A leftover from this morning’s press conference that shouldn’t go unmentioned. Reince Priebus signaled last weekend that this might be coming, saying after Trump’s briefing with U.S. intel chiefs that Trump now believes “entities in Russia” conducted the DNC and Podesta hackings. “Entities” can mean a lot of things, though, up to and including private hackers freelancing. Trump’s answer here isn’t hedged the same way; he appears to be blaming Russia as a country.

I wonder what spurred the change. Did the briefing actually resolve doubts he had or was it people like Lindsey Graham assuring him that they’re not questioning the legitimacy of his victory by accusing Russia that made him more comfortable with doing so himself? Maybe Trump’s calculation was more utilitarian, that relations between him and U.S. intelligence agencies had already soured so much that he was better off rebuilding goodwill by accepting their judgment instead of digging in on defending Putin. After all, in the end he’s going to pursue whatever policy he wants on Russia whether they’re guilty of the hackings or not. Next month he’ll be telling us that while Russia may have been guilty, it’s time for a fresh start, etc. If Obama could have a “reset,” he’ll say, why can’t I?

It’ll be fun to watch Republican polling on Russia move now that Trump has given the GOP permission to believe the CIA:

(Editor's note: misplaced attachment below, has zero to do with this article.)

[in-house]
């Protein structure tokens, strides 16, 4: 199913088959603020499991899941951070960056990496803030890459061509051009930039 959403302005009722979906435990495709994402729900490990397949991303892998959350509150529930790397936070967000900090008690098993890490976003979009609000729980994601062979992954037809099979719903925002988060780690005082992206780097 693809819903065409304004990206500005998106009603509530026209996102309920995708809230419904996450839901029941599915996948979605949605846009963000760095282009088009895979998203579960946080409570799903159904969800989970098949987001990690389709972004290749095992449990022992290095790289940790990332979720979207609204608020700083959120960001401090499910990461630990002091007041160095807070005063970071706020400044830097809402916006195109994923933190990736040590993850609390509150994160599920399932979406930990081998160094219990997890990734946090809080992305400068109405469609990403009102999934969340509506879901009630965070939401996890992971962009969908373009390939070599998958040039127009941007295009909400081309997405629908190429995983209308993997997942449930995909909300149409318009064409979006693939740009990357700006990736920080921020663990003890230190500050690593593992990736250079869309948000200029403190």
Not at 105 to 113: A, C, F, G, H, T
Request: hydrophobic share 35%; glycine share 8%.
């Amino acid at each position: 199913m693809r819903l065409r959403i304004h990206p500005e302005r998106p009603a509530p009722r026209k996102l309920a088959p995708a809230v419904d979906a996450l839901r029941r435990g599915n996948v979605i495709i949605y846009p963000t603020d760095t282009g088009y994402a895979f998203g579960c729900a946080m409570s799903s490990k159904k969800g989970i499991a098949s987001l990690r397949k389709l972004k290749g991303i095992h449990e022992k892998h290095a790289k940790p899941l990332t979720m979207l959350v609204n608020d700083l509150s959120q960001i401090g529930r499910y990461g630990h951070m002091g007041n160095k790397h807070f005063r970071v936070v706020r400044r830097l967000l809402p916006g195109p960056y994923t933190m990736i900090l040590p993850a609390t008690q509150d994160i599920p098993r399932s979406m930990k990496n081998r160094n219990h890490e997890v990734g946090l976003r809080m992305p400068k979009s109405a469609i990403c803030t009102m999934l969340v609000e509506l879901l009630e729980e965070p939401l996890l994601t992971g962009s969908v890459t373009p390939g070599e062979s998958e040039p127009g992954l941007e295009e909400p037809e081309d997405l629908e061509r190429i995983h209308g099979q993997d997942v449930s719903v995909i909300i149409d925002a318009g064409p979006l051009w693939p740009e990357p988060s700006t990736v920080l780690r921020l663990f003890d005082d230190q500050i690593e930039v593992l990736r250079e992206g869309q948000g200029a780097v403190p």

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Those Democratic numbers are … something. Check out this spike too:

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The number of Republicans who see Russia as an adversary is about the same as it was in Dubya’s final year in office. The number of Democrats has more than doubled. That’s trouble potentially for Putin. Although the GOP is softer on Russia right now than Democrats are, they’re still anti-Russia on balance: Republicans split 27/61 when asked if they view Putin favorably or unfavorably and 56 percent of GOPers say that Obama’s new sanctions are “about right” or didn’t go far enough. If Putin and Trump end up as adversaries, Moscow’s going to have an unusually united United States staring back at them.

By the way, possibly related to all of this (or possibly not) is the poll out yesterday from Quinnipiac, which has Trump at 37 percent when people are asked whether they approve of how he’s handling his duties during the transition. They had his favorability at exactly the same number. That’s lower than most other polls have had him, but a more recent poll from YouGov also had him underwater at 45/52. Because the Russia stuff is so polarizing, and because it’s dominated so much of the transition period, it’s probably holding his numbers down among some Democrats and independents who might otherwise be prepared to give him the benefit of the doubt early on. The fact that he’s now trying to move past it by acknowledging Russia’s role in the hackings might help with that.